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AAA makes an effort to improve driving safety laws
Some of the organization's top priorities have been to reduce teen driver deaths and improve child safety laws

Ozie Ikuenobe

AAA lobbied hard for a ban on texting while driving in Ohio last year, and wants to make it even tougher this year.

Ohio now allows police officers to pull over and charge teens for texting while driving. It also bans texting while driving for adults. But Brian Newbacher, director of public affairs for AAA East Central, explains that for adults, it’s only what’s called a “secondary offense.”

Newbacher on the AAA laws

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“The adult ban is a secondary law, so that means that you can’t be pulled over for that alone. You have to be pulled over for something else. And so we’d like to see that someday improved, whether that can get done this year, I don’t know. But certainly, it’s a goal worth pursuing.”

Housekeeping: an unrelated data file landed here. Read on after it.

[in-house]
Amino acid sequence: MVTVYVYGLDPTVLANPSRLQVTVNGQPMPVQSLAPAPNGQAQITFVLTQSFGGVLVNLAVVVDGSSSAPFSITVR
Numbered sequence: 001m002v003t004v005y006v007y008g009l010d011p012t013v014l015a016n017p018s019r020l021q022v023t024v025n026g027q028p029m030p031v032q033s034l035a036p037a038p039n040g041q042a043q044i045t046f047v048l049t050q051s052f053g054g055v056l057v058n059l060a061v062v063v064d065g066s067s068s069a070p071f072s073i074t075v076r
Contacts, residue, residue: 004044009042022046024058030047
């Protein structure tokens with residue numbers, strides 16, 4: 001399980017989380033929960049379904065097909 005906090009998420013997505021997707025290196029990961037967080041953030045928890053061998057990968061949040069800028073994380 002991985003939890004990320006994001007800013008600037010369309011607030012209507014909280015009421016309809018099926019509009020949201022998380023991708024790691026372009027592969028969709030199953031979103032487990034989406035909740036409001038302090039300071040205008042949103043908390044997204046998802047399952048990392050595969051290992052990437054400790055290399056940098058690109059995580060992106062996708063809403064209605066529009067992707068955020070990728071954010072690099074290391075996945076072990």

Newbacher says Ohio missed out on some federal money because its new law did not make texting-while-driving a primary offense.

AAA’s other legislative priorities include tougher seatbelt laws and laws that require ignition interlock devices for convicted drunk drivers.

An average of $500 million a year is provided to states that try to make safety improvements. 

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